Another detail which signals this was a different time—the document lists the groom’s job as a laborer, but does not have a field for the bride’s occupation.

Reading the certificate, I tried to picture Giuseppe as a younger man at his own wedding, rather than a bow-tied father of the bride.

This would have been years before he was anybody’s “Papa” Joe.

Borrowing the phrase my grandfather used when I first brought my future wife Leigh around, I imagined that Giuseppe was happy to have found a “nice Italian girl” to build a life with here in America.

Both the bride and groom were born in Italy. Giuseppe came from San Giorgio Morgeto and Eleonora from Rotondella.

Admittedly, I know very little of Italian geography or podiatry, but when I look at the two locations on the map, I would say they are both in the foot area of the boot.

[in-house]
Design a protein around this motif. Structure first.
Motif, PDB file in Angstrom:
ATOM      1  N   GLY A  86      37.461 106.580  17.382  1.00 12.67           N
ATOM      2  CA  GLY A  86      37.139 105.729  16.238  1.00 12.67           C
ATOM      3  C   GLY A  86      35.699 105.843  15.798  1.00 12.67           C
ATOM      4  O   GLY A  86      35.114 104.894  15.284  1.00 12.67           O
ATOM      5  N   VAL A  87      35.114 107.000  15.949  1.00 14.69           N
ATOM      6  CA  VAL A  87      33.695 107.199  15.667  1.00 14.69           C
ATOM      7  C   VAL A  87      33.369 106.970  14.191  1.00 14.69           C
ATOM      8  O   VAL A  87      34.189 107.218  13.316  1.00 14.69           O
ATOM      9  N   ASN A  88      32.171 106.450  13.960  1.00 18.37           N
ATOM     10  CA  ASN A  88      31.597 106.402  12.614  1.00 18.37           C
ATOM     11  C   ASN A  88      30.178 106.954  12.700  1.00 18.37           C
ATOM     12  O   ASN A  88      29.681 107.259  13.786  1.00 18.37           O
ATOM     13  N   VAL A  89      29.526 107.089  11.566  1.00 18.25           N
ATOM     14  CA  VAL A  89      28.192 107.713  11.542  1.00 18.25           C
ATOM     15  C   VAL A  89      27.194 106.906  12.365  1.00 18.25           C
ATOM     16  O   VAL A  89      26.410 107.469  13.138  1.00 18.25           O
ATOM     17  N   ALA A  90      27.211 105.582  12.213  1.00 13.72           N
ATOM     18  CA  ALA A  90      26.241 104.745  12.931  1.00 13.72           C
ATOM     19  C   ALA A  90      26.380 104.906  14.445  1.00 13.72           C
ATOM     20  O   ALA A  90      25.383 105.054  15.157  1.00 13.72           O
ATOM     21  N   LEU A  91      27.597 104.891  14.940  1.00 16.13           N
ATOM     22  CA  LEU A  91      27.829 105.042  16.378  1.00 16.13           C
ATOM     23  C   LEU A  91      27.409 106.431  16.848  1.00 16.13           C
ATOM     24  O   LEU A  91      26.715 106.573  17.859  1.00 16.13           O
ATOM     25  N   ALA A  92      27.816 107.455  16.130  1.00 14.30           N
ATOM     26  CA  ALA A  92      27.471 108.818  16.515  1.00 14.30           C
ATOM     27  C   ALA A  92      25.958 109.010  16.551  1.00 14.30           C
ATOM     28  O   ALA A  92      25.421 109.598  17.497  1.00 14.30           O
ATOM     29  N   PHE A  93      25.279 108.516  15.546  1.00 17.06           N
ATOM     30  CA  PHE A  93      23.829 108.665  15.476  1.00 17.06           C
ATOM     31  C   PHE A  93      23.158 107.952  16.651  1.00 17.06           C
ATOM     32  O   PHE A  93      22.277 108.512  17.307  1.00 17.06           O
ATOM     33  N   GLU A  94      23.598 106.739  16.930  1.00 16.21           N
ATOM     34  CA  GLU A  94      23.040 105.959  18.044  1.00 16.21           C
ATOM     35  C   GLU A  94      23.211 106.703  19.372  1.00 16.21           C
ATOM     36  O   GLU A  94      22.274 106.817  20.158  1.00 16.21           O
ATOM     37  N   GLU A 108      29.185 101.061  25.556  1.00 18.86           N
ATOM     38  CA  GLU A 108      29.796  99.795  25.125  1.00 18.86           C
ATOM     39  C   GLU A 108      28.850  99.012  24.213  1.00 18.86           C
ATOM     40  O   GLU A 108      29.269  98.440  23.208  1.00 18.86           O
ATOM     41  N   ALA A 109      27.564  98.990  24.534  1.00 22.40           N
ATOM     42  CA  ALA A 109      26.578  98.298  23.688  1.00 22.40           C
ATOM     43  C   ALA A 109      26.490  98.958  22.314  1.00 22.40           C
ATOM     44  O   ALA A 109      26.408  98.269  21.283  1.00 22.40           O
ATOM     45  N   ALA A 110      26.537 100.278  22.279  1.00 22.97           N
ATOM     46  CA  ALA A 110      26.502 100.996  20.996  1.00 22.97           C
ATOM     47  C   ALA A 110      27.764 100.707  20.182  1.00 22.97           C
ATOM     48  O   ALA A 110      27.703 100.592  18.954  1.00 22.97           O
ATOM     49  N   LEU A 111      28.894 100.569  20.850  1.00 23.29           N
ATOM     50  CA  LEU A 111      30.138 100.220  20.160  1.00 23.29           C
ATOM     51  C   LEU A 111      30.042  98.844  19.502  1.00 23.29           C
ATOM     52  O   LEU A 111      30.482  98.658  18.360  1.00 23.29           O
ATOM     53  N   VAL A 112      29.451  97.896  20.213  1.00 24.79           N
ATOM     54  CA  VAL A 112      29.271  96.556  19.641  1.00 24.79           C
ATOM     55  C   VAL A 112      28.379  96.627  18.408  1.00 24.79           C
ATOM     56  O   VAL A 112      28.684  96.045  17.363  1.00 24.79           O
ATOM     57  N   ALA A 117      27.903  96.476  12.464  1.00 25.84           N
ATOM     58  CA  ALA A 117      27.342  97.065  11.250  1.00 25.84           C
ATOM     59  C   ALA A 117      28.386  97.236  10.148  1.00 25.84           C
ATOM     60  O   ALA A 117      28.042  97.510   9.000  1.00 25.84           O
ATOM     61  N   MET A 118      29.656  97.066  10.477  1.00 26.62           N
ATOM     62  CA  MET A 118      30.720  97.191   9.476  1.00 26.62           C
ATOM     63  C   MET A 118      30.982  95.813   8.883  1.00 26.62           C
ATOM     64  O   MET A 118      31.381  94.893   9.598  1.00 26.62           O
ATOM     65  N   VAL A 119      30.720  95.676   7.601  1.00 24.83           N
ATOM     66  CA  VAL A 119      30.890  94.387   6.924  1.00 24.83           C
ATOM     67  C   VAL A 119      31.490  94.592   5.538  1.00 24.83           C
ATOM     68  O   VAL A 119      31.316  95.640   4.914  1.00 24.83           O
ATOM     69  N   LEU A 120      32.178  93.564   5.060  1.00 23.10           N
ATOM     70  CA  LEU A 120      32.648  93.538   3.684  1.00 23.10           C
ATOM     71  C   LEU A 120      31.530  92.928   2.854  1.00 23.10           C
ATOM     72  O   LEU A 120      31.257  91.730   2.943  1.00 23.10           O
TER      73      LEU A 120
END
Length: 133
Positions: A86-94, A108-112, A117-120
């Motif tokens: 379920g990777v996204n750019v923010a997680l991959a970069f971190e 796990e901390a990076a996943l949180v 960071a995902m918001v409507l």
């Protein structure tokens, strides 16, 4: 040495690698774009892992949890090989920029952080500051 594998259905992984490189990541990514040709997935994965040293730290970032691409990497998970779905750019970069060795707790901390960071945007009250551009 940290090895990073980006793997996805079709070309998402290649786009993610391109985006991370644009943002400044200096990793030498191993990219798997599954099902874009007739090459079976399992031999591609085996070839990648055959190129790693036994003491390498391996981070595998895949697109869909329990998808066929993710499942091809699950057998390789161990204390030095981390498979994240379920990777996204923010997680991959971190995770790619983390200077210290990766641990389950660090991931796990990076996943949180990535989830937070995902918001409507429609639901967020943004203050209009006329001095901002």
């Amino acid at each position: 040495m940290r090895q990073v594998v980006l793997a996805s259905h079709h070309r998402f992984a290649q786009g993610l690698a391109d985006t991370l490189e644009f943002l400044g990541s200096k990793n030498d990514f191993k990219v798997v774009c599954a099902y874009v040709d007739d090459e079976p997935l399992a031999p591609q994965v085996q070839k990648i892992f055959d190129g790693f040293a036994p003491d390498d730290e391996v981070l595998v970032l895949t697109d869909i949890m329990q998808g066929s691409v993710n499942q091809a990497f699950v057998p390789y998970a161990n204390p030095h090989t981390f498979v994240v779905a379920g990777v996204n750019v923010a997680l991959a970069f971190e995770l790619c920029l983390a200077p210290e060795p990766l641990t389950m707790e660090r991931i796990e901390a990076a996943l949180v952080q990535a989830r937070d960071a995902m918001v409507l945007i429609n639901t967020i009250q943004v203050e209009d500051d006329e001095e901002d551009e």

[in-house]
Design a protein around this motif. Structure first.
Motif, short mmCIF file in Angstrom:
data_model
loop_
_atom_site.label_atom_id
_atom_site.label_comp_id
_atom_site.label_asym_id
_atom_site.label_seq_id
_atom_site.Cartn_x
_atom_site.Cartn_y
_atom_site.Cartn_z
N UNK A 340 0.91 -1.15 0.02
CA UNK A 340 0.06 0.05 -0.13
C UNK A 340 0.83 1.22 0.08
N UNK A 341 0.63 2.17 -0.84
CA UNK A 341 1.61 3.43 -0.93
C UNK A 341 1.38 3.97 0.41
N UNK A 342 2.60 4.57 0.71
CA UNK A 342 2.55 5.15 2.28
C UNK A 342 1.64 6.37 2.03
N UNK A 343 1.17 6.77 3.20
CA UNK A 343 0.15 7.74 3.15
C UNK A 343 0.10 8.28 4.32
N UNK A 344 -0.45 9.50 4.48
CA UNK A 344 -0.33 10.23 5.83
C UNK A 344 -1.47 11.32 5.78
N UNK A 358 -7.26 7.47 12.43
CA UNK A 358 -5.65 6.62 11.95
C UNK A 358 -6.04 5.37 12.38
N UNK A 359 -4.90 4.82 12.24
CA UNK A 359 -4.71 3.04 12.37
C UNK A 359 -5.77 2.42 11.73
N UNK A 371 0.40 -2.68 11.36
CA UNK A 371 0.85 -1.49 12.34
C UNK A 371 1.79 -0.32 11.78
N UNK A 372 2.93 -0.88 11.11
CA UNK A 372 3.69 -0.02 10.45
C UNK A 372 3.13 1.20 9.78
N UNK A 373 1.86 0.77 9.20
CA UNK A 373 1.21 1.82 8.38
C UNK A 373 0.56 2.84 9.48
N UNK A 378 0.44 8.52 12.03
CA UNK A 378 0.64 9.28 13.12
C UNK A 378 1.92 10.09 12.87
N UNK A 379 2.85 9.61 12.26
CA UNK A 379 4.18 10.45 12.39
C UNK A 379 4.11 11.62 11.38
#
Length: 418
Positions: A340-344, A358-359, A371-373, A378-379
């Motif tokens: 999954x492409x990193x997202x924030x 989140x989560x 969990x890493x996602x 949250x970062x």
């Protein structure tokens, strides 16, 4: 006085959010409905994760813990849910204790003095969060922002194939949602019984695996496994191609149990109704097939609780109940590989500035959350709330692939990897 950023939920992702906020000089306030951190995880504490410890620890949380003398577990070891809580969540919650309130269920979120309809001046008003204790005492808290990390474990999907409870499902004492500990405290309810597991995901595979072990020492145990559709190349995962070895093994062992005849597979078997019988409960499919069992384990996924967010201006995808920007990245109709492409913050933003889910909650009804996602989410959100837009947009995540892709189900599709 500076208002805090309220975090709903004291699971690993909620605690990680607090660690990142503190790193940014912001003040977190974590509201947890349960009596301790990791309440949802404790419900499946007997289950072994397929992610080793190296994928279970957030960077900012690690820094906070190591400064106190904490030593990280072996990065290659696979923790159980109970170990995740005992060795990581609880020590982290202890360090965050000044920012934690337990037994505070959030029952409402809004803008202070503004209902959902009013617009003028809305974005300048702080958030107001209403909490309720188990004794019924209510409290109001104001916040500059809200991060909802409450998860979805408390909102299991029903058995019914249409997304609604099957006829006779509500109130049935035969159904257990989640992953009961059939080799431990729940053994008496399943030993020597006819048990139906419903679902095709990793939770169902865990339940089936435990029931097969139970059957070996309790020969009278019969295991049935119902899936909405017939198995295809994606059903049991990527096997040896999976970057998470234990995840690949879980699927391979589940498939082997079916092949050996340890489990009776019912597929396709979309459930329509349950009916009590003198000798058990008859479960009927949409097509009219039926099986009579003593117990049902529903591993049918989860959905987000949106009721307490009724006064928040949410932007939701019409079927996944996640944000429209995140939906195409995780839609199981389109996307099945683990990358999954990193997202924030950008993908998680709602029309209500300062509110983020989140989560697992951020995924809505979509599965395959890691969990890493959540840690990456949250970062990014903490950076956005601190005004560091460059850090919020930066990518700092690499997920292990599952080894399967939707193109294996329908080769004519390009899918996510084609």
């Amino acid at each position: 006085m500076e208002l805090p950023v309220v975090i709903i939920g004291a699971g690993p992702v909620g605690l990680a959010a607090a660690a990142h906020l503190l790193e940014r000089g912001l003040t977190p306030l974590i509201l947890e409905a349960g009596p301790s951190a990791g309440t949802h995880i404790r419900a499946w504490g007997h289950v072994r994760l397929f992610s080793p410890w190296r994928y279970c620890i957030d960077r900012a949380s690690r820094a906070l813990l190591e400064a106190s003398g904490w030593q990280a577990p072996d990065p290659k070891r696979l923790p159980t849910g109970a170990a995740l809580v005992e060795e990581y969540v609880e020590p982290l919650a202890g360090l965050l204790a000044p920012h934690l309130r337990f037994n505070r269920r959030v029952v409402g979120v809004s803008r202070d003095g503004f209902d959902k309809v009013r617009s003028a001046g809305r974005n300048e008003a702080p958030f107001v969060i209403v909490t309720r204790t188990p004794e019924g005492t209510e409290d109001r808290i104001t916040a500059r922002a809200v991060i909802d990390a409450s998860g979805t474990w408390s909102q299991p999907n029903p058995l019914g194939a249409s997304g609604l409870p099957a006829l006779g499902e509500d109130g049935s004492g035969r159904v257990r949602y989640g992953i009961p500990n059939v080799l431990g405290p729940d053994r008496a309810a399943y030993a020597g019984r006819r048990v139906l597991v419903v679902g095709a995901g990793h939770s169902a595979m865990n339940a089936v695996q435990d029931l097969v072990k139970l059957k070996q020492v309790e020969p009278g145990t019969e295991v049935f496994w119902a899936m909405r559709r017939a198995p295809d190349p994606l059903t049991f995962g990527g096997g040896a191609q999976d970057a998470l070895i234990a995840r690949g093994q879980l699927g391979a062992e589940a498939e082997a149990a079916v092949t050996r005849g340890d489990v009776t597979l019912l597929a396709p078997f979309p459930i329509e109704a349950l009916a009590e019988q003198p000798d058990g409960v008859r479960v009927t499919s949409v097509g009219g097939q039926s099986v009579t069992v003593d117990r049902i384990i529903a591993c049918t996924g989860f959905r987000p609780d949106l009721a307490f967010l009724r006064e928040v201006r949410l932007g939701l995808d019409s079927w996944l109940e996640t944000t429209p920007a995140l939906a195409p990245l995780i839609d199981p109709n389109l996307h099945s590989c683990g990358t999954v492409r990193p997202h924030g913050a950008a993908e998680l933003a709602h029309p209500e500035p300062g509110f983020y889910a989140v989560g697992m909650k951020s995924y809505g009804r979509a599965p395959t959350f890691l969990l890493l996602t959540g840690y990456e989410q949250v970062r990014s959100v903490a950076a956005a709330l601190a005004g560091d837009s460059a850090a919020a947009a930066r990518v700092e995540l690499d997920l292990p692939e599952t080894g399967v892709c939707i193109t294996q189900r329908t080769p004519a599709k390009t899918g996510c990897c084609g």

I would say Rotondella is just above the back of the arch and San Giorgio is in somewhere near the toes.

The certificate also revealed the names of Giuseppe and Eleonora’s parents. I had found the next entries for my family tree!

Eleonora’s parents were Giuseppe Guerra and Laura D’Amato. And Giuseppe’s parents were Domenico Bombino and Vincenza Fazzari.

I knew these names were my keys to the past. They would help me find other Bombino’s, Guerra’s, D’Amato’s, and Fazzari’s.

And then. . . my research hit a bit of a wall.

My great-great-grandparents’ names remained just that—names on my tree with no other details. I would look at them from time to time and wonder who these people were, what they looked like, and what their lives were like.

Since I first became interested in my family history, I’ve been slowly filling out different branches of my tree. When I reach what seems like a wall on one line, I start on another.

I was surprised to learn that some branches of my family stretch back several generations here in America (but that’s another story for another day).

No one came over on the Mayflower or was a Native American, but they have been here for a while.